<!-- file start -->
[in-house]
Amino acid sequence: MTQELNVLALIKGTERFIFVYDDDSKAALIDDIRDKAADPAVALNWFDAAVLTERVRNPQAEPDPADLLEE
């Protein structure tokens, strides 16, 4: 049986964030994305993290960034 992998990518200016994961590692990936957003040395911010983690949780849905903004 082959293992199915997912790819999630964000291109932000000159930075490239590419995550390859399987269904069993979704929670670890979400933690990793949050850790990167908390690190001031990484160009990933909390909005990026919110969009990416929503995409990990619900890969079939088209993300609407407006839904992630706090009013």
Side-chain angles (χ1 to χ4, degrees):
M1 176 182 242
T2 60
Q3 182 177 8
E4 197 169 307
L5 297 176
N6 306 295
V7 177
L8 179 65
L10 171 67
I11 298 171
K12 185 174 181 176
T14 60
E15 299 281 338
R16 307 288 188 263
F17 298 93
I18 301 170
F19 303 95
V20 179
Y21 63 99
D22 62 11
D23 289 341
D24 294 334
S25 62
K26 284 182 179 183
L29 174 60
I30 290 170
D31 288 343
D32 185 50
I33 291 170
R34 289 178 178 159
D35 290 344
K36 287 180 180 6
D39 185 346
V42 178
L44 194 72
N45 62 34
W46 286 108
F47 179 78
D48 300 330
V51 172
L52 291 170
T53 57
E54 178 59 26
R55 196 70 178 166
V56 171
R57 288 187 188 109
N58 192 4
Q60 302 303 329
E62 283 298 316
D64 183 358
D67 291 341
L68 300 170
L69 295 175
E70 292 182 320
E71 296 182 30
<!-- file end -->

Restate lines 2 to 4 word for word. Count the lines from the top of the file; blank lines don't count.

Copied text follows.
Amino acid sequence: MTQELNVLALIKGTERFIFVYDDDSKAALIDDIRDKAADPAVALNWFDAAVLTERVRNPQAEPDPADLLEE
């Protein structure tokens, strides 16, 4: 049986964030994305993290960034 992998990518200016994961590692990936957003040395911010983690949780849905903004 082959293992199915997912790819999630964000291109932000000159930075490239590419995550390859399987269904069993979704929670670890979400933690990793949050850790990167908390690190001031990484160009990933909390909005990026919110969009990416929503995409990990619900890969079939088209993300609407407006839904992630706090009013």
Side-chain angles (χ1 to χ4, degrees):